and Colobus, heard Hamadras baboon, saw trees moved most likely by Grivet monkeys, seen prints of leopards, heard hyenas, seen tree hyrax, seen excrement we were told was from what is either a Cerval or Civet (both are present), heard and seen Menelik’s bushbuck and seen porcupine quills. Wow!

The walk to the bottom of the forest ends in Mescha. Surely one of the most scenic places you can imagine. Jagged forested peaks ring Mescha on three sides. Low level fields were full of crops of barley and a kind of

The vale of Mescha on the lower edge of the forest

broad bean called bakela. Water gurgles by in streams. Another quite different village guesthouse awaits. It’s a place you never want to leave.

The name Mescha comes from an event in 1701 (Ethiopian calendar) during a famine. After praying Mana came down from heaven to feed the hungry population around the historical church of Mescha Mariam. This led to the naming of the area as Mescha meaning ‘comes down’ as the Mana did in the time of Moses.

Next morning I was woken up with the serenade of the

Kniphofia Foliosa – Red Hot Pokers – found throughout the forest in clearings

Colobus (Guraza as they are called in Ethiopia) a kind of rumbling roaring that is unexpected if you never heard it before. Shortly after we went on a forest walk south from the guesthouse with the hugely knowledgable camp manager. The highlight was seeing a number of scarlet winged, White-cheeked Turacos.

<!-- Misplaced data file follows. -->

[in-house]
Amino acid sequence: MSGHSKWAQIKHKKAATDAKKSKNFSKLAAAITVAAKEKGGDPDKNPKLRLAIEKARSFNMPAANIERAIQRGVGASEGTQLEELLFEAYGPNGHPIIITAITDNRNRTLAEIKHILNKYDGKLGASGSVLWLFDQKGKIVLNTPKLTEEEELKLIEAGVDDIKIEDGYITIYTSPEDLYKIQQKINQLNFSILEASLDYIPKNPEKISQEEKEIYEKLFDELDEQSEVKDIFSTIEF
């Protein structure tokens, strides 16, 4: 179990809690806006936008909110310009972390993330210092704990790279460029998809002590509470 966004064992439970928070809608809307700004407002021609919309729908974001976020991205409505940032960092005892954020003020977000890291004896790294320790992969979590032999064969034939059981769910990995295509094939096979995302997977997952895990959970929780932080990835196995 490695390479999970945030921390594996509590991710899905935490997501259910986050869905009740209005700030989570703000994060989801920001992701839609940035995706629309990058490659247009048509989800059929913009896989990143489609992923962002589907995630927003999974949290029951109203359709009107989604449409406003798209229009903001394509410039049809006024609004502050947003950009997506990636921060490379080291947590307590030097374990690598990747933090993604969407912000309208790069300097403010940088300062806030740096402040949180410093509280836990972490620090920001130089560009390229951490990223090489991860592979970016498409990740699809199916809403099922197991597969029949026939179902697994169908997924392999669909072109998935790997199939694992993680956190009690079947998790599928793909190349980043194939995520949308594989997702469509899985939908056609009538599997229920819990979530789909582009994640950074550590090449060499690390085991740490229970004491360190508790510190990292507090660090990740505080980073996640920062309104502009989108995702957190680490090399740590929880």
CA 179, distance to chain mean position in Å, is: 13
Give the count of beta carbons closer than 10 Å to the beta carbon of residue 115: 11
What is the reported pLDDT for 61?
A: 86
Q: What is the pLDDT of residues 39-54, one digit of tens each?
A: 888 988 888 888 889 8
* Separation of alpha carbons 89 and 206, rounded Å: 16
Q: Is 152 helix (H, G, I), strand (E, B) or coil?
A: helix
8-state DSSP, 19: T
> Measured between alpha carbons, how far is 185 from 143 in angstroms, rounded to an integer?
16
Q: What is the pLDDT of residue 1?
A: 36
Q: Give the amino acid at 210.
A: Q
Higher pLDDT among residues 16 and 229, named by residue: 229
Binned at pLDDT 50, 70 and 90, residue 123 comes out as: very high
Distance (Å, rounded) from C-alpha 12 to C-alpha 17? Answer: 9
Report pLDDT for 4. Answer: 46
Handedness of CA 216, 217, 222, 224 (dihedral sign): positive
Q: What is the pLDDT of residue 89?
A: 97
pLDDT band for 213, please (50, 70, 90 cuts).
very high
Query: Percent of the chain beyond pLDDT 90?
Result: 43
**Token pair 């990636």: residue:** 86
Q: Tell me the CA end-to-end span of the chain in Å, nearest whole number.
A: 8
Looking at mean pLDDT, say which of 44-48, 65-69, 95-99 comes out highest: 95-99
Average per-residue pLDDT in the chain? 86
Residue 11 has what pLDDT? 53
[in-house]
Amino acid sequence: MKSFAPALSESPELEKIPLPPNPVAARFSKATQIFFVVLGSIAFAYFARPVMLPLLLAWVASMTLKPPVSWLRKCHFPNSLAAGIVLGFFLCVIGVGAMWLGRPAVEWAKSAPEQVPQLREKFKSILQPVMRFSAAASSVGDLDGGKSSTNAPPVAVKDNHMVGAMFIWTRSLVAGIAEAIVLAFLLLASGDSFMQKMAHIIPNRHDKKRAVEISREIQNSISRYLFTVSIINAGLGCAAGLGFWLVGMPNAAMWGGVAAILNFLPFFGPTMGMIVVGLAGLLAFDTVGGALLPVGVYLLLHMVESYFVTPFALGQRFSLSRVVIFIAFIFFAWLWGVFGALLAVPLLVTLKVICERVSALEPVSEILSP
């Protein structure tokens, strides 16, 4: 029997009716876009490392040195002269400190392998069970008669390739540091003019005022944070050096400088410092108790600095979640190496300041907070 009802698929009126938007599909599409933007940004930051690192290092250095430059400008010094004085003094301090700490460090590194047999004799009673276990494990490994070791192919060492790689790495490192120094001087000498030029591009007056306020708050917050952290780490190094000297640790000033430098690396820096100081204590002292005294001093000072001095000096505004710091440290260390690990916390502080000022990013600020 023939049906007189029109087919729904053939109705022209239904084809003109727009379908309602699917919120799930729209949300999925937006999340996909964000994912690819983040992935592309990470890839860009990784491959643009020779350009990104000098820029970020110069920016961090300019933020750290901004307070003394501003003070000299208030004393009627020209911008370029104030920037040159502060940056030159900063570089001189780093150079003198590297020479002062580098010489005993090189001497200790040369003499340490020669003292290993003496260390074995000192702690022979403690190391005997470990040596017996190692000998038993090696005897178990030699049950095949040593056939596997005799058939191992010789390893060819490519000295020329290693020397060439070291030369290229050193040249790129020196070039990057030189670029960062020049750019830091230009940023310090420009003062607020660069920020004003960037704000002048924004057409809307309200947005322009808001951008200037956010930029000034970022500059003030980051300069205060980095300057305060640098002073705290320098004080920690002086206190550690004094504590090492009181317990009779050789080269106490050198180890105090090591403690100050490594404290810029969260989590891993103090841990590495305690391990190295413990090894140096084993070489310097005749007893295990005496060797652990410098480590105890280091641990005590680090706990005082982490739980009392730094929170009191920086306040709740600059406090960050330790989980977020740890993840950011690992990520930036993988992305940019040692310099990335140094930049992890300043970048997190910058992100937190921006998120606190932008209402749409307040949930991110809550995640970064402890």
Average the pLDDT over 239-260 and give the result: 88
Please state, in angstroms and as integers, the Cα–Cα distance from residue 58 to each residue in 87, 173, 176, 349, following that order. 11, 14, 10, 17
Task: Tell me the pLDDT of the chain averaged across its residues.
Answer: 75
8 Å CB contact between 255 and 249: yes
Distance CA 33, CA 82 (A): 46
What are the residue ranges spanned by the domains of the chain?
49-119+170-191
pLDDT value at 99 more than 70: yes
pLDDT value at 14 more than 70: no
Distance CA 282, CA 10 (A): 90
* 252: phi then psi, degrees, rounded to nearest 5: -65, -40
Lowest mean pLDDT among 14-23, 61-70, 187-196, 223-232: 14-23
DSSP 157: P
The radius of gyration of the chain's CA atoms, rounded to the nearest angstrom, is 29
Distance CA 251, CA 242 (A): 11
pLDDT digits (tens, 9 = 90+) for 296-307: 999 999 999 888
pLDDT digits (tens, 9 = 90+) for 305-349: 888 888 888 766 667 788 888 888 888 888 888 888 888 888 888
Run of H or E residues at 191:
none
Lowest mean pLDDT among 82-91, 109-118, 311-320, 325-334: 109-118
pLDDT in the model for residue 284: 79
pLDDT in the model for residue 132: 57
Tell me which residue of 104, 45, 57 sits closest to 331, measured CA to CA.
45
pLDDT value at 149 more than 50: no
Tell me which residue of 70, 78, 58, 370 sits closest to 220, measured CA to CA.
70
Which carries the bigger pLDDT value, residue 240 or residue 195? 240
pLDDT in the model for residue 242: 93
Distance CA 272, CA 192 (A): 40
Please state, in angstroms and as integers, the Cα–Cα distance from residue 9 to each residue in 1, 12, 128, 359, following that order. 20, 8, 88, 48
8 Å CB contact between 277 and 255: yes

After breakfast we walked west around the valley to see the Thursday market in Mescha village. We walked through carpets of red hot pokers in the clearing and through attractive farmland. Milk production is very successful in this area, with all year round green fields,

Farmhouse near Mescha

and the crops looked very healthy. But as we neared Mescha we noticed biscuit and sweet rappers on the trail. We stopped at the school to discuss environmental issues and how to handle tourists with the young school director. Hopefully kids will greet visitors without begging (not that any were begging) and Mescha can now be the cleanest town in North Shoa (or at least do better than before) as dropping rubbish is something no one gives a second thought to. In the market we bought tasty little oranges from the lowlands which were being sold along with a smattering of vegetables and other materials. We sampled the local araki in a bar and had a

The market at Mescha, just below Wof Washa forest

superb cup of coffee before continuing on our way.